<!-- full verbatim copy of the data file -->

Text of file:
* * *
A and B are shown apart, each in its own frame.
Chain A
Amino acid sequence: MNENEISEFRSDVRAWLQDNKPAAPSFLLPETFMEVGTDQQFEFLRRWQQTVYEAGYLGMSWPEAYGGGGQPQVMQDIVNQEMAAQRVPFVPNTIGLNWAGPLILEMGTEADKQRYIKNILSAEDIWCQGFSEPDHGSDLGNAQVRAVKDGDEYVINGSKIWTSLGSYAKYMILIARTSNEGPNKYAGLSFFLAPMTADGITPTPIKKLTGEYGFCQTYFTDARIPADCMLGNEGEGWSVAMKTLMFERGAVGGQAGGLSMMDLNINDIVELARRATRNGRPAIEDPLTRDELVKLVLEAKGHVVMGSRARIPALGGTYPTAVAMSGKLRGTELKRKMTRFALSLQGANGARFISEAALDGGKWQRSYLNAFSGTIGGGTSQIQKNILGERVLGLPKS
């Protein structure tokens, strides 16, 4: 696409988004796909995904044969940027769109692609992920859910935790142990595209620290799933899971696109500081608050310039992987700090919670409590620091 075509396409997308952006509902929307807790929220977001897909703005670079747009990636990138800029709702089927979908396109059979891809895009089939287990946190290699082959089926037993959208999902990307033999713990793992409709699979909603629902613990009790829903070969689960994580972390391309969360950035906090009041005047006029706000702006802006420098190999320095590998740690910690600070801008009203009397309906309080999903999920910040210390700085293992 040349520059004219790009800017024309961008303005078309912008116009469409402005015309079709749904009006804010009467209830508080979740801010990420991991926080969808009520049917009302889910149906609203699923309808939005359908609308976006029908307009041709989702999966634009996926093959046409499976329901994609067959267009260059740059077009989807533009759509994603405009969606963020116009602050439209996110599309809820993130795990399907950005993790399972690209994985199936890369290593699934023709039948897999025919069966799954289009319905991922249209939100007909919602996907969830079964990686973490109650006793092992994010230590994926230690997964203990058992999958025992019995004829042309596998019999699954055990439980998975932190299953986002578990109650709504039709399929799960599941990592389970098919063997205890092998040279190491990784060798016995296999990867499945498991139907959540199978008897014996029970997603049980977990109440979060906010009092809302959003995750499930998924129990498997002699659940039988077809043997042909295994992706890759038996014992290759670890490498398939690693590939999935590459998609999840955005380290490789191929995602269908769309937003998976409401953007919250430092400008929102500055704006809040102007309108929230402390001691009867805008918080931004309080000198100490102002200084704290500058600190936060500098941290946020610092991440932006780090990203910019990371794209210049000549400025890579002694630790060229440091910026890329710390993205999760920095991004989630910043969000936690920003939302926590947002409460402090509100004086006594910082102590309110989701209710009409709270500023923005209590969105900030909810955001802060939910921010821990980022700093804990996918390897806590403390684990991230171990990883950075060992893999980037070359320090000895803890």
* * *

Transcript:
A and B are shown apart, each in its own frame.
Chain A
Amino acid sequence: MNENEISEFRSDVRAWLQDNKPAAPSFLLPETFMEVGTDQQFEFLRRWQQTVYEAGYLGMSWPEAYGGGGQPQVMQDIVNQEMAAQRVPFVPNTIGLNWAGPLILEMGTEADKQRYIKNILSAEDIWCQGFSEPDHGSDLGNAQVRAVKDGDEYVINGSKIWTSLGSYAKYMILIARTSNEGPNKYAGLSFFLAPMTADGITPTPIKKLTGEYGFCQTYFTDARIPADCMLGNEGEGWSVAMKTLMFERGAVGGQAGGLSMMDLNINDIVELARRATRNGRPAIEDPLTRDELVKLVLEAKGHVVMGSRARIPALGGTYPTAVAMSGKLRGTELKRKMTRFALSLQGANGARFISEAALDGGKWQRSYLNAFSGTIGGGTSQIQKNILGERVLGLPKS
């Protein structure tokens, strides 16, 4: 696409988004796909995904044969940027769109692609992920859910935790142990595209620290799933899971696109500081608050310039992987700090919670409590620091 075509396409997308952006509902929307807790929220977001897909703005670079747009990636990138800029709702089927979908396109059979891809895009089939287990946190290699082959089926037993959208999902990307033999713990793992409709699979909603629902613990009790829903070969689960994580972390391309969360950035906090009041005047006029706000702006802006420098190999320095590998740690910690600070801008009203009397309906309080999903999920910040210390700085293992 040349520059004219790009800017024309961008303005078309912008116009469409402005015309079709749904009006804010009467209830508080979740801010990420991991926080969808009520049917009302889910149906609203699923309808939005359908609308976006029908307009041709989702999966634009996926093959046409499976329901994609067959267009260059740059077009989807533009759509994603405009969606963020116009602050439209996110599309809820993130795990399907950005993790399972690209994985199936890369290593699934023709039948897999025919069966799954289009319905991922249209939100007909919602996907969830079964990686973490109650006793092992994010230590994926230690997964203990058992999958025992019995004829042309596998019999699954055990439980998975932190299953986002578990109650709504039709399929799960599941990592389970098919063997205890092998040279190491990784060798016995296999990867499945498991139907959540199978008897014996029970997603049980977990109440979060906010009092809302959003995750499930998924129990498997002699659940039988077809043997042909295994992706890759038996014992290759670890490498398939690693590939999935590459998609999840955005380290490789191929995602269908769309937003998976409401953007919250430092400008929102500055704006809040102007309108929230402390001691009867805008918080931004309080000198100490102002200084704290500058600190936060500098941290946020610092991440932006780090990203910019990371794209210049000549400025890579002694630790060229440091910026890329710390993205999760920095991004989630910043969000936690920003939302926590947002409460402090509100004086006594910082102590309110989701209710009409709270500023923005209590969105900030909810955001802060939910921010821990980022700093804990996918390897806590403390684990991230171990990883950075060992893999980037070359320090000895803890």